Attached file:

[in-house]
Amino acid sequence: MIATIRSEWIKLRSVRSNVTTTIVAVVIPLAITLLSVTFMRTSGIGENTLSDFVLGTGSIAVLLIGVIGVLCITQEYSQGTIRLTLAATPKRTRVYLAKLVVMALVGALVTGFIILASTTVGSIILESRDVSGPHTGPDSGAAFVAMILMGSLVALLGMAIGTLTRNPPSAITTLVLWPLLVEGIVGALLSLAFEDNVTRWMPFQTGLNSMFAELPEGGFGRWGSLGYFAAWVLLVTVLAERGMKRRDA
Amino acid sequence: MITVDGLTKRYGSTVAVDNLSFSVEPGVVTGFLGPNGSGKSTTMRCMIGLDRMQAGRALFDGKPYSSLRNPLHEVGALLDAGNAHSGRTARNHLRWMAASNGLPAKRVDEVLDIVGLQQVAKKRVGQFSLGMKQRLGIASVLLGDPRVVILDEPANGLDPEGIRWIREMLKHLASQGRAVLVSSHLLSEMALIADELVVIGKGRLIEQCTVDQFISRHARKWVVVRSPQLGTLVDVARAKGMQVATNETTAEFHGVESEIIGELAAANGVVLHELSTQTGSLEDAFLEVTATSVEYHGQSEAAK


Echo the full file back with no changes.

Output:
[in-house]
Amino acid sequence: MIATIRSEWIKLRSVRSNVTTTIVAVVIPLAITLLSVTFMRTSGIGENTLSDFVLGTGSIAVLLIGVIGVLCITQEYSQGTIRLTLAATPKRTRVYLAKLVVMALVGALVTGFIILASTTVGSIILESRDVSGPHTGPDSGAAFVAMILMGSLVALLGMAIGTLTRNPPSAITTLVLWPLLVEGIVGALLSLAFEDNVTRWMPFQTGLNSMFAELPEGGFGRWGSLGYFAAWVLLVTVLAERGMKRRDA
Amino acid sequence: MITVDGLTKRYGSTVAVDNLSFSVEPGVVTGFLGPNGSGKSTTMRCMIGLDRMQAGRALFDGKPYSSLRNPLHEVGALLDAGNAHSGRTARNHLRWMAASNGLPAKRVDEVLDIVGLQQVAKKRVGQFSLGMKQRLGIASVLLGDPRVVILDEPANGLDPEGIRWIREMLKHLASQGRAVLVSSHLLSEMALIADELVVIGKGRLIEQCTVDQFISRHARKWVVVRSPQLGTLVDVARAKGMQVATNETTAEFHGVESEIIGELAAANGVVLHELSTQTGSLEDAFLEVTATSVEYHGQSEAAK